Quick Hit: A Political Culture
For the use of the membership only (214 words)
Indiana politicians settle so comfortably into the role of placeholders. When events reveal a policy void, they rush to fill the space where leadership otherwise might be.
This week, one of them noted that the Department of Veteran Affairs (VA) doesn’t work. “If we are to correct the VA’s flaws, we must change its culture,” he explained in a news release.
No explanation was needed. Veterans know the culture of government when they see it, even in surgical scrubs — the long, senseless lines waiting for this chit or that, the cold, uncaring eyes of the clerk holding our Catch-22 paperwork.
So our politicians proudly describe the water in which their constituency drowns. They miss the point that we want things changed, systemically so, revolved right side up.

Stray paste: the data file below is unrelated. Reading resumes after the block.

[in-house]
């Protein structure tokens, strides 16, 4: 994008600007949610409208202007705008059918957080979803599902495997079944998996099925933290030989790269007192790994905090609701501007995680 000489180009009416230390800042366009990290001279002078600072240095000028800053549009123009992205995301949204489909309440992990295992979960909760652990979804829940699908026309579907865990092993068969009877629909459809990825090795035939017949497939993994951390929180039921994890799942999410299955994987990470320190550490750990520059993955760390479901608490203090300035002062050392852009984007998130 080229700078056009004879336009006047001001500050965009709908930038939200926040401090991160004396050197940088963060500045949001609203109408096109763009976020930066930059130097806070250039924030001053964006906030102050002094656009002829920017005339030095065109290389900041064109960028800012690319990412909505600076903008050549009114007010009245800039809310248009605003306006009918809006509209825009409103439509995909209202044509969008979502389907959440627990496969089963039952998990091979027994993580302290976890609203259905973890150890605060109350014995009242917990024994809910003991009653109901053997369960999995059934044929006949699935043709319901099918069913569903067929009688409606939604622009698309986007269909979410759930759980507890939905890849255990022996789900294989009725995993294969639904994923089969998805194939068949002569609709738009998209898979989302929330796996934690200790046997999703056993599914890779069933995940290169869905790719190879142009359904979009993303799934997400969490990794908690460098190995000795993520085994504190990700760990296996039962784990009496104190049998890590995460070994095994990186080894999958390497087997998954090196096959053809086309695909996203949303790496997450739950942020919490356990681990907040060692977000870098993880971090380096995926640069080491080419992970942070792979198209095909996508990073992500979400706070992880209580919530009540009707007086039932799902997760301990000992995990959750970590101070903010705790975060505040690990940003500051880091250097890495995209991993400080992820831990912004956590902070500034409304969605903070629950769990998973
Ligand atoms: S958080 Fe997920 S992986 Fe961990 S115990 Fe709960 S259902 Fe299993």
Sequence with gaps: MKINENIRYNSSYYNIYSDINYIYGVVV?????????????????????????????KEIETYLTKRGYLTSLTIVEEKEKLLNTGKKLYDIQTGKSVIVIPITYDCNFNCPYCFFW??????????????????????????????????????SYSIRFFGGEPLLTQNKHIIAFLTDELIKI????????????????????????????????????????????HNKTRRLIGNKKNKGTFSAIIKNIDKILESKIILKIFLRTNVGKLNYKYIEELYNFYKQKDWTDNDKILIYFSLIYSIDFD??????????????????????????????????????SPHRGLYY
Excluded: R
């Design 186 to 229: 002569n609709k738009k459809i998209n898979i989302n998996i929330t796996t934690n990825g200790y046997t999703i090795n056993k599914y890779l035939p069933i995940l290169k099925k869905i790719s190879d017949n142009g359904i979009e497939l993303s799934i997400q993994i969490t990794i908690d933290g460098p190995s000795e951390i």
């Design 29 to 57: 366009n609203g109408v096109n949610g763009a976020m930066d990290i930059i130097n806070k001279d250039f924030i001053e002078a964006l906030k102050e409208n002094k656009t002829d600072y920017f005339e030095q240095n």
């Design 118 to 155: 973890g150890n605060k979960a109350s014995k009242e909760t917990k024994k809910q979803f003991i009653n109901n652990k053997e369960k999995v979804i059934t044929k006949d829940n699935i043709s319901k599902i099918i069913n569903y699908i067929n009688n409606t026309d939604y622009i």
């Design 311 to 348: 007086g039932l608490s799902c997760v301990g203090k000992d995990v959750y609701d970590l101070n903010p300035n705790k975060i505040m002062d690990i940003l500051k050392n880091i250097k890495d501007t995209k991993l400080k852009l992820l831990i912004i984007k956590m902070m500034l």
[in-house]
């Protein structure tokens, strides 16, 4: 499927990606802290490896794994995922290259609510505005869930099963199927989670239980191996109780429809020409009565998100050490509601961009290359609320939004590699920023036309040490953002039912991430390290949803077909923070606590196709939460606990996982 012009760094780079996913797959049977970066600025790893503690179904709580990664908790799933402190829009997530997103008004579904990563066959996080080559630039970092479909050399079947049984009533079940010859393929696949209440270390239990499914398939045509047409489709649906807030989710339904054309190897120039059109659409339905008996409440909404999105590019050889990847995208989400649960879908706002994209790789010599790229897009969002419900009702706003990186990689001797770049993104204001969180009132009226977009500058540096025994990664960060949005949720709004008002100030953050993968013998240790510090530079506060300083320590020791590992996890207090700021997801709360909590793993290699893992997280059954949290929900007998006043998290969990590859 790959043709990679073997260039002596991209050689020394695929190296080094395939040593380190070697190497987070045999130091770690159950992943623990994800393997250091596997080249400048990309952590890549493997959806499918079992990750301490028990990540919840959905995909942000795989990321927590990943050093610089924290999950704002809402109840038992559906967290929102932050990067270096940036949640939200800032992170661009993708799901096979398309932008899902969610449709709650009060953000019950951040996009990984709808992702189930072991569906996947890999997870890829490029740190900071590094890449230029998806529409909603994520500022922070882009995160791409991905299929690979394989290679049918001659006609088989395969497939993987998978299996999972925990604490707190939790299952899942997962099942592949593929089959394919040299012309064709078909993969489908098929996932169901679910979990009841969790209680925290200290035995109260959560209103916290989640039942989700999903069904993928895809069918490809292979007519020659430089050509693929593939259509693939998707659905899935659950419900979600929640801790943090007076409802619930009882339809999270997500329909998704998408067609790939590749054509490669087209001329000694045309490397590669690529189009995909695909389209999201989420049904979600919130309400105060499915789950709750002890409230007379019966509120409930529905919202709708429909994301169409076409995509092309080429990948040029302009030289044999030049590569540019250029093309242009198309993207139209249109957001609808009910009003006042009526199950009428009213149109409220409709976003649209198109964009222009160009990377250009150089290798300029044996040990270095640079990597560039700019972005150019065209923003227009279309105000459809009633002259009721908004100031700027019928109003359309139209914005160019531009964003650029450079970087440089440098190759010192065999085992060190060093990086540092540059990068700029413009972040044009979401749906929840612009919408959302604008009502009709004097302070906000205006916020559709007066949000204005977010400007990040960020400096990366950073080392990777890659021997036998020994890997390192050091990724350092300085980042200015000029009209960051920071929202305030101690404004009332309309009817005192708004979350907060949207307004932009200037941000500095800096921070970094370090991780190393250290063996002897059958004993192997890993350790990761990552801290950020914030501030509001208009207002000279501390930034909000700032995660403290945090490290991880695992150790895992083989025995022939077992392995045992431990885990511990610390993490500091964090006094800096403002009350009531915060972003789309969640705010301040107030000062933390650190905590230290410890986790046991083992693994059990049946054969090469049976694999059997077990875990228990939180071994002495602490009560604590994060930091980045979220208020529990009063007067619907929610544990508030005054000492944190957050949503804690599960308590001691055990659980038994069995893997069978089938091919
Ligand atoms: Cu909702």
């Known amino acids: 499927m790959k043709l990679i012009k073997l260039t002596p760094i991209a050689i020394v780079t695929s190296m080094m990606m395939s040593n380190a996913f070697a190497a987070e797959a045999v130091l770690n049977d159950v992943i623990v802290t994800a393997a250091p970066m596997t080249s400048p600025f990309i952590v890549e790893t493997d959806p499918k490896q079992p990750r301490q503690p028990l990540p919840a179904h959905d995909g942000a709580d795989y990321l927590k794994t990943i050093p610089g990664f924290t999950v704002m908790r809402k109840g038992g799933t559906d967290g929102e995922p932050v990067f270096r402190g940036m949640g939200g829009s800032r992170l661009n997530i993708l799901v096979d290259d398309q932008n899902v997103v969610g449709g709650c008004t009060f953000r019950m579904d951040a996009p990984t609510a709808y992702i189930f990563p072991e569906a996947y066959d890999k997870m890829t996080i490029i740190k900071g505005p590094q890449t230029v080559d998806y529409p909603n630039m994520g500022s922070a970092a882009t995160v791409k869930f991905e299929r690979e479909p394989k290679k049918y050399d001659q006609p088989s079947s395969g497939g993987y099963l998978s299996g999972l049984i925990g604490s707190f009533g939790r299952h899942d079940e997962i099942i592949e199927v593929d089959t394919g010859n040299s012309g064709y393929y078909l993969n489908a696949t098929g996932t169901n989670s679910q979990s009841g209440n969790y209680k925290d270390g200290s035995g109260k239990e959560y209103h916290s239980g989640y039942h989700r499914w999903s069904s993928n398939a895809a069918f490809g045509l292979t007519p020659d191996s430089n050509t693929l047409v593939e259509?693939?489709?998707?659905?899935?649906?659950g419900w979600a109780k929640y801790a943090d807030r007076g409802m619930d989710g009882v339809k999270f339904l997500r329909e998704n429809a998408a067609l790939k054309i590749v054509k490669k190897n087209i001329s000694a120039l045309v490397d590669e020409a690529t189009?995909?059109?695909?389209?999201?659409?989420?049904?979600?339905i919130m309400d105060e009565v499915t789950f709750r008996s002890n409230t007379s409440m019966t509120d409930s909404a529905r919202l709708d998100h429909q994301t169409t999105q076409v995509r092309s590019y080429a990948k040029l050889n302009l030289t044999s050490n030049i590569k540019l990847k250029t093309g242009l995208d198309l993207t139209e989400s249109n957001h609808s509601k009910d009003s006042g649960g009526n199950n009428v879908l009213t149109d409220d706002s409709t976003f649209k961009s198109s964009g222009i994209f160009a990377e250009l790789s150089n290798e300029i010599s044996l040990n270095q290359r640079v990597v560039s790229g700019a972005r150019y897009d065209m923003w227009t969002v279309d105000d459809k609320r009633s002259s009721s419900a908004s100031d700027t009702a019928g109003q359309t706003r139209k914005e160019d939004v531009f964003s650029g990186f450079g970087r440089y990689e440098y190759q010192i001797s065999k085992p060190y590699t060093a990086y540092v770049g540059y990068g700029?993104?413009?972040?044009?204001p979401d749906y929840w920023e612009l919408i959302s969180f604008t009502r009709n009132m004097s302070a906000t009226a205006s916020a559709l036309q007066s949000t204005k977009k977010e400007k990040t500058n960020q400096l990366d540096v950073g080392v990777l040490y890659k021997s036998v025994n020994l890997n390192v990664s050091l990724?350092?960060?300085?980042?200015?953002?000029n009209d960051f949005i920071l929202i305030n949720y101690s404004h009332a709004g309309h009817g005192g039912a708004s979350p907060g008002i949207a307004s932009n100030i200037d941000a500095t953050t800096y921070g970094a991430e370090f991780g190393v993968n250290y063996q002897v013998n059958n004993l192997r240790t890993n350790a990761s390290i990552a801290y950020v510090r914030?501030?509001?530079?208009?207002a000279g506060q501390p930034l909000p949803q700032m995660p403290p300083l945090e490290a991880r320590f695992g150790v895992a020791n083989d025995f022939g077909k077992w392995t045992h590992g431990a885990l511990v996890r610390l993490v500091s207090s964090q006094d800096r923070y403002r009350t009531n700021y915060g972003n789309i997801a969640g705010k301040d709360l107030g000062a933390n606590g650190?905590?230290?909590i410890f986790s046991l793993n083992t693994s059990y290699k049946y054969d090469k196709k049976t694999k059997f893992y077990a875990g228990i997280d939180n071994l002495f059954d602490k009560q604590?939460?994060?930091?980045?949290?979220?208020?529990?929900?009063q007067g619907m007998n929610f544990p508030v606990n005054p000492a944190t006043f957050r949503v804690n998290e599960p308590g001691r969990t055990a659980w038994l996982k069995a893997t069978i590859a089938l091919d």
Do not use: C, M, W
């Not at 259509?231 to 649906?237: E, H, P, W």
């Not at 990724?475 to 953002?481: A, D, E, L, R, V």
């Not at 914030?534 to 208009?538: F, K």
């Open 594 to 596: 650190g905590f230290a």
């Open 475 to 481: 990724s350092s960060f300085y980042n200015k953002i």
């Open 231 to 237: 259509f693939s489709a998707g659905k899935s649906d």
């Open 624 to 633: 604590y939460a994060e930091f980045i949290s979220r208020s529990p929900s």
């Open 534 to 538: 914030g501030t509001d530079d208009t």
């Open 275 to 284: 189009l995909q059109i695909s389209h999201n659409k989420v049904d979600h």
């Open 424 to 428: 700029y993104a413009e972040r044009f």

That, however, requires historical and economic understanding, management savvy and actual work — not only from the politician(s) but also from a differently skilled staff, one organized to govern wisely and not just flip issue after issue.
And it requires political risk. It means abandoning a narcissistic faith that government is magical (to crib from a Peggy Noonan commentary on Barack Obama). It requires more than just incanting the secret words of the publicist.
For the culture that our politicians must change is their own.
— Craig Ladwig